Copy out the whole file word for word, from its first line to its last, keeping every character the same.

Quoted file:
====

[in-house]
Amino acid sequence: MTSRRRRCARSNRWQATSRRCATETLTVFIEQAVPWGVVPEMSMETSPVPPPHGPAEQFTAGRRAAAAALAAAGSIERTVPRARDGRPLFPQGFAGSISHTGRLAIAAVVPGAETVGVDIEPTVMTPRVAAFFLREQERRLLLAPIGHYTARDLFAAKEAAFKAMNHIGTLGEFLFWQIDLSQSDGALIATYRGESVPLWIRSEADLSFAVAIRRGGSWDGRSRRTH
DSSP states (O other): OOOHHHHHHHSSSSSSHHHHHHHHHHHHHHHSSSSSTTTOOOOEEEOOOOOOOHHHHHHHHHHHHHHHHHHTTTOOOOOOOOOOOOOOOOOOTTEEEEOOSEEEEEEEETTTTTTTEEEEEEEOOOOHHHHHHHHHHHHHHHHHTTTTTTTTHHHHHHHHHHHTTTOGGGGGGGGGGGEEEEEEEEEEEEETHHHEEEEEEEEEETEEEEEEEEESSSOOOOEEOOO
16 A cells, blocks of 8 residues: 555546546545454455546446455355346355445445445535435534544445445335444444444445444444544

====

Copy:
[in-house]
Amino acid sequence: MTSRRRRCARSNRWQATSRRCATETLTVFIEQAVPWGVVPEMSMETSPVPPPHGPAEQFTAGRRAAAAALAAAGSIERTVPRARDGRPLFPQGFAGSISHTGRLAIAAVVPGAETVGVDIEPTVMTPRVAAFFLREQERRLLLAPIGHYTARDLFAAKEAAFKAMNHIGTLGEFLFWQIDLSQSDGALIATYRGESVPLWIRSEADLSFAVAIRRGGSWDGRSRRTH
DSSP states (O other): OOOHHHHHHHSSSSSSHHHHHHHHHHHHHHHSSSSSTTTOOOOEEEOOOOOOOHHHHHHHHHHHHHHHHHHTTTOOOOOOOOOOOOOOOOOOTTEEEEOOSEEEEEEEETTTTTTTEEEEEEEOOOOHHHHHHHHHHHHHHHHHTTTTTTTTHHHHHHHHHHHTTTOGGGGGGGGGGGEEEEEEEEEEEEETHHHEEEEEEEEEETEEEEEEEEESSSOOOOEEOOO
16 A cells, blocks of 8 residues: 555546546545454455546446455355346355445445445535435534544445445335444444444445444444544